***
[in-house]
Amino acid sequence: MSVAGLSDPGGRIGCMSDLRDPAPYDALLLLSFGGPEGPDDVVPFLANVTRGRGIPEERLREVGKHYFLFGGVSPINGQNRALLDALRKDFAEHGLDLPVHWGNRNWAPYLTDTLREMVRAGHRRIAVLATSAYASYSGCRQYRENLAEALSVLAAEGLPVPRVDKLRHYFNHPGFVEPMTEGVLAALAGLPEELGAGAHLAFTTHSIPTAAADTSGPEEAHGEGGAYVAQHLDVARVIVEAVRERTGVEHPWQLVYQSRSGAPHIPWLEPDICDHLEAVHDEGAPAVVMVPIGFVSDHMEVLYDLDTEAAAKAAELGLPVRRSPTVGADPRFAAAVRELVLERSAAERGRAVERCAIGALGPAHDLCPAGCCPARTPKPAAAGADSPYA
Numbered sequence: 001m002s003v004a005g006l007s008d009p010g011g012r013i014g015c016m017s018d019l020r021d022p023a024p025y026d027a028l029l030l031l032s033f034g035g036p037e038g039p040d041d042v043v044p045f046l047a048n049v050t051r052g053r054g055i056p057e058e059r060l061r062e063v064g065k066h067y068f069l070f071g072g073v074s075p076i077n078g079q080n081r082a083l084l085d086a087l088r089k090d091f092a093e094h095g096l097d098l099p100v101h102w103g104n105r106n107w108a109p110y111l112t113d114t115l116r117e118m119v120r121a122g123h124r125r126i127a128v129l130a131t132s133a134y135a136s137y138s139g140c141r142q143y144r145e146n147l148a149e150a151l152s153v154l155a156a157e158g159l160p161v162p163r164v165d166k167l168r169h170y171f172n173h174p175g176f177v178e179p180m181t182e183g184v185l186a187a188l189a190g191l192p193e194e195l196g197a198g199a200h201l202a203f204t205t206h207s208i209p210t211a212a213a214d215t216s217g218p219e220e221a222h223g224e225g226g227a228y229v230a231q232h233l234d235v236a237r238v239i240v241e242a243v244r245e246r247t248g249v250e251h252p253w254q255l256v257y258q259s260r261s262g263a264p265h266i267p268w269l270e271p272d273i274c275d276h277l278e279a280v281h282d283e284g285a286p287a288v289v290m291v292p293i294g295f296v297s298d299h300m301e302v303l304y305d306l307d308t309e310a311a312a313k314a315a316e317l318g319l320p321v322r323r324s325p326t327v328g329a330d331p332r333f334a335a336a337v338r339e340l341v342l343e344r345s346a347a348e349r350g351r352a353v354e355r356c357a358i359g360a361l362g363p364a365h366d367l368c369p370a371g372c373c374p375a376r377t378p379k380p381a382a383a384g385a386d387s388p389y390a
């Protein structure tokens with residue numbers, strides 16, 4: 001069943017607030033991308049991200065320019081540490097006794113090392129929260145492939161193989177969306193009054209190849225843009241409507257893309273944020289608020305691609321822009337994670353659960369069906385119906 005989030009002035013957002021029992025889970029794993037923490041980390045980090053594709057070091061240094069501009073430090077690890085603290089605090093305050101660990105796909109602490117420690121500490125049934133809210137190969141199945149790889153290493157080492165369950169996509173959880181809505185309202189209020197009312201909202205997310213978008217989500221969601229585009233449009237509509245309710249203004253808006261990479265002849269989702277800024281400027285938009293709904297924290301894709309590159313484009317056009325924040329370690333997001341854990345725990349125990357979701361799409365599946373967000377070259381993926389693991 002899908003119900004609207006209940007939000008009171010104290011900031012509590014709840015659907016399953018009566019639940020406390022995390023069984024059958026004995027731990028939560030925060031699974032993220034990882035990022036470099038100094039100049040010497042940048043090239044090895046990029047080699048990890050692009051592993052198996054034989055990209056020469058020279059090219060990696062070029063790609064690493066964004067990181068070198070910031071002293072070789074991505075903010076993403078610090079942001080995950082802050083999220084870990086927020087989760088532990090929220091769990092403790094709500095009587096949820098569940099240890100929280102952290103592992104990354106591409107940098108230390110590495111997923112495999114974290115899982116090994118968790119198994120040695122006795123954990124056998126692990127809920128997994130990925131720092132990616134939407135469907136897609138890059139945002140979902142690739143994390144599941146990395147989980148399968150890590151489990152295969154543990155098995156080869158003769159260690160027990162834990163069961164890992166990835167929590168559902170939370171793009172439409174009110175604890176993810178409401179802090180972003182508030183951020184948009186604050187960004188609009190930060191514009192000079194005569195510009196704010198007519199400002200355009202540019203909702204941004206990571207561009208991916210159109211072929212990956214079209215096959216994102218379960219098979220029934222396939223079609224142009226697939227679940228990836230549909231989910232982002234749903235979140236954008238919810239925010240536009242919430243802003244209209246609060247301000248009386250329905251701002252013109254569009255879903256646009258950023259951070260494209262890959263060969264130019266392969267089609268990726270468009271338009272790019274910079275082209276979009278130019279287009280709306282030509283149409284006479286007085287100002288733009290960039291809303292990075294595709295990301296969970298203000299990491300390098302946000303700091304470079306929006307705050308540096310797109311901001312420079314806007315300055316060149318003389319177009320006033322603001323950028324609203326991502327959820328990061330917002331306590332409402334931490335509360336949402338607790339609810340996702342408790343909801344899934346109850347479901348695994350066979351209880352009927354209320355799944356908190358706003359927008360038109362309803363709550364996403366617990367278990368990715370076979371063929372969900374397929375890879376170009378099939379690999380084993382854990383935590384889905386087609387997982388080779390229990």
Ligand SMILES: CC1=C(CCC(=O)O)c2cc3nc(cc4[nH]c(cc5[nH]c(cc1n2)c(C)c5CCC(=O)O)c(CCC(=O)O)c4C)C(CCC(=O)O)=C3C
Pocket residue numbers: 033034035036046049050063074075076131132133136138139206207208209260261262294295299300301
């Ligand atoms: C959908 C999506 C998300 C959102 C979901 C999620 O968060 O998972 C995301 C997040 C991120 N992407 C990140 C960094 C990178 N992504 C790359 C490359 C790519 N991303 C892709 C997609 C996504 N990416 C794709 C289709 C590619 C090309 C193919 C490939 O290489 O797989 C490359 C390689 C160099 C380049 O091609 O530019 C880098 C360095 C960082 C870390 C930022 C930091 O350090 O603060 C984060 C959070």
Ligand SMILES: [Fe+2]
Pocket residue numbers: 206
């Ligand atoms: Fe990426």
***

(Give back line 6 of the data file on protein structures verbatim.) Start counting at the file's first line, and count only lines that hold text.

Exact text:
Pocket residue numbers: 033034035036046049050063074075076131132133136138139206207208209260261262294295299300301